Mare 72-204 is the paternal great-grandmother of little Ryden. Photo by Lynn Taylor

She had a daughter, Winnemucca who died in 2016 at the age of 28. Doc is Winnemucca’s only living offspring and the only living descendant of mare 72-204. This is yet another link to this new foal to the herd’s genetics.


Doc grazed near to Jasmine and the foal. His other mares were just up the hillside. Doc stayed attentive to his surroundings.

Doc is so striking with his good looks. He has a dark bay (or seal brown) color with a thick wavy mane and tail. Doc looks much like his sire, Littlefoot/Matteo. While it appears that the foal will carry on Jasmine’s blue roan color, he may be showing signs of his sire’s “waves.”


The little tail shows a hint of “waviness.”

Soon it was time for the foal to nap again. He dropped down into the dried October grass. Jasmine stops to take a look to ensure that things were safe for her napping son.


The other mares grazed nearby. Jasmine has a great support system with mares Brumby, Firestorm, and Heritage.


Jasmine resumes her grazing while Ryden rests. Jasmine’s half-sister, Firestorm, grazes nearby.


This is such a sweet moment between Jasmine and the foal.


As I prepared to leave, the foal was resting peacefully under the protective watch of his mother and the band.

Life in the wild certainly isn’t easy for the Pryor foals. In fact, this very night brought a change in weather. Morning dawned with it a fresh coat of snow for the mountain-top. Time will tell about the next days, weeks, months, years of this little one’s life. We will see whatever awaits….

Published in: on October 8, 2017 at 1:35 pm  Comments (8)  

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8 CommentsLeave a comment

  1. very good story the mother looks in good shape so the little will get a great start before winter good job tks ross

  2. Ryder may have a tough winter being born this late in the season. A product of the birth control techniques being applied by the BLM.

    • There have always been fall births regardless of PZP use. It is part of nature. Ryden has a strong mother, a protective band stallion, and other experienced mares in his band to help him through his first winter.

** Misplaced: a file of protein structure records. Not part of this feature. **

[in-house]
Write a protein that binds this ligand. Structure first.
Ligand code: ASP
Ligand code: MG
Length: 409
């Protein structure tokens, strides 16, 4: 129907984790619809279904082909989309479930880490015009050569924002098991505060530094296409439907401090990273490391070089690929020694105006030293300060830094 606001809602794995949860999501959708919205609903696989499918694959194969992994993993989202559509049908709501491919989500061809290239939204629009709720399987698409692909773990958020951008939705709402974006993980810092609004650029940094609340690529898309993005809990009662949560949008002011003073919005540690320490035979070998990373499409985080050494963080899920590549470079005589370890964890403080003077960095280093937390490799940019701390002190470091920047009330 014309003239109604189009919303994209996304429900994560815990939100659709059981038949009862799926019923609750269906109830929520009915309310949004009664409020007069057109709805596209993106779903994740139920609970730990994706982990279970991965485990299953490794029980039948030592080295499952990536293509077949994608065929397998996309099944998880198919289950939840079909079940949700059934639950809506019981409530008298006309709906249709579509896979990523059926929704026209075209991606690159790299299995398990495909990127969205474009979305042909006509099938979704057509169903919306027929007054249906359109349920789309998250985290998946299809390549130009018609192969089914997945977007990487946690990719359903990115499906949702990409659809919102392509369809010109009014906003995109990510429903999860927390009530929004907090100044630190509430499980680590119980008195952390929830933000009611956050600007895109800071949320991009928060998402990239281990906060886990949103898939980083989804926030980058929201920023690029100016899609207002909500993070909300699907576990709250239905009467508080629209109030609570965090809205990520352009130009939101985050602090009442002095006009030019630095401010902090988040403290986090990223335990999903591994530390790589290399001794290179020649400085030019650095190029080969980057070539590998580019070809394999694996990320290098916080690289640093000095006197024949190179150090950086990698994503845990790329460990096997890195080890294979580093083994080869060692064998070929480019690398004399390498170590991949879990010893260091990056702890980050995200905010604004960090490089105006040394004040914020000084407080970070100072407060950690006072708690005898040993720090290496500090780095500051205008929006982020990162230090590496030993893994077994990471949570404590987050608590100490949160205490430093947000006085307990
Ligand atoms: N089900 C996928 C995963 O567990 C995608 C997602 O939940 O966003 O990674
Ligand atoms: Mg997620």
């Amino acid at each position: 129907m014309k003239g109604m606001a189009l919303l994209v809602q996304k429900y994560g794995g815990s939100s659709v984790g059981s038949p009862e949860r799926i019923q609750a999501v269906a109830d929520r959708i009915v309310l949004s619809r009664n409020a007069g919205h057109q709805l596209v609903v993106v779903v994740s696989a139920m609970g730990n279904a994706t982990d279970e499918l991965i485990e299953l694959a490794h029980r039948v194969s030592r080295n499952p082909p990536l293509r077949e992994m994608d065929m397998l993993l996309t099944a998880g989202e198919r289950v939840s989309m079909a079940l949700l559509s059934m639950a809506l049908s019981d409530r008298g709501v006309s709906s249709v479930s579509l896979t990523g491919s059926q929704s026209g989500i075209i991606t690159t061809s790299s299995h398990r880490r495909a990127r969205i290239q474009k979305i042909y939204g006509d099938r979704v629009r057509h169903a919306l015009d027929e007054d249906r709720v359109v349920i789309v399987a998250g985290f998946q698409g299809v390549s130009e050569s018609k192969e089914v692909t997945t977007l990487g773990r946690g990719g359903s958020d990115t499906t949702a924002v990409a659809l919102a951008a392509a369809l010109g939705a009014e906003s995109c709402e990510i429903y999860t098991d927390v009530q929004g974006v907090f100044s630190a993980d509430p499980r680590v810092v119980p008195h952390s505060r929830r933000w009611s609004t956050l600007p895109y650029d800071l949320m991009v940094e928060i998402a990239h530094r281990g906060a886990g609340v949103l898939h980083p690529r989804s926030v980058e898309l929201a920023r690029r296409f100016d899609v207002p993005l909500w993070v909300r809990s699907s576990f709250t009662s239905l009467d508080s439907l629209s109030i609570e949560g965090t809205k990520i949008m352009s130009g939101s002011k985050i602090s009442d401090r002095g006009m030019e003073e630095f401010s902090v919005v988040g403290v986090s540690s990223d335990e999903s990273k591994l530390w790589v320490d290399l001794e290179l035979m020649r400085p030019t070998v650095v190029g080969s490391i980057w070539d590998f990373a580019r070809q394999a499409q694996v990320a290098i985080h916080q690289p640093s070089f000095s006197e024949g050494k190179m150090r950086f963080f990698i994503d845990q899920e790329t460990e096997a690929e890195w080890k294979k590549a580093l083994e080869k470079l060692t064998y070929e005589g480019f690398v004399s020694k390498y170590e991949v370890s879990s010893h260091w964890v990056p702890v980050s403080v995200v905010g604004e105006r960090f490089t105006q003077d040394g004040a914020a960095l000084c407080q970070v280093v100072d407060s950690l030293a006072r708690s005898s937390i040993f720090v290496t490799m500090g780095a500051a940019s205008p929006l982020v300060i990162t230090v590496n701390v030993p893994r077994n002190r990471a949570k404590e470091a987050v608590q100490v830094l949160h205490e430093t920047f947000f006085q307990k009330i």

3. I always enjoy hearing about the history of the horses! Ryden and Jasmine both look great, so hopefully he’ll do well as the seasons change,

  4. What a fabulous post! First of all I love the tribute to Hope especially with the upcoming 50 anniversary of the Range. The photos are so tender. And I love the explanation of the foal’s lineage dating back to the black mare and the original naming system that is now based on the alphabet.

  5. This is a wonderful write-up. Thanks so much for sharing all this information.

  6. So excited to finally be able toplace the *black star mare* with the numbers on the old lists and see a picture of her, too! Additionally, I’d always heard that Winnemucca family was Konik and the “black star mare”, which also makes makes her a half sister to Velvet, Mystery, and (I think) Felina as well! Do you know if this is correct? and when the black star mare, her mother died?

  7. I’d also wondered who the parents of Beauty were? and also of Bristol (I used to think that Beauty was his mother, but now I don’t believe that is correct)? The wavy mane gene pops up in Matteo, Doc, and Grumpy Grulla and a couple others; (isn’t it in Galaxy?, or 1 of the stallions of that generation…I don’t have my listed descriptions handy.) Are these horses directly related, or just a fluke recessive gene carried throughput much of the herd?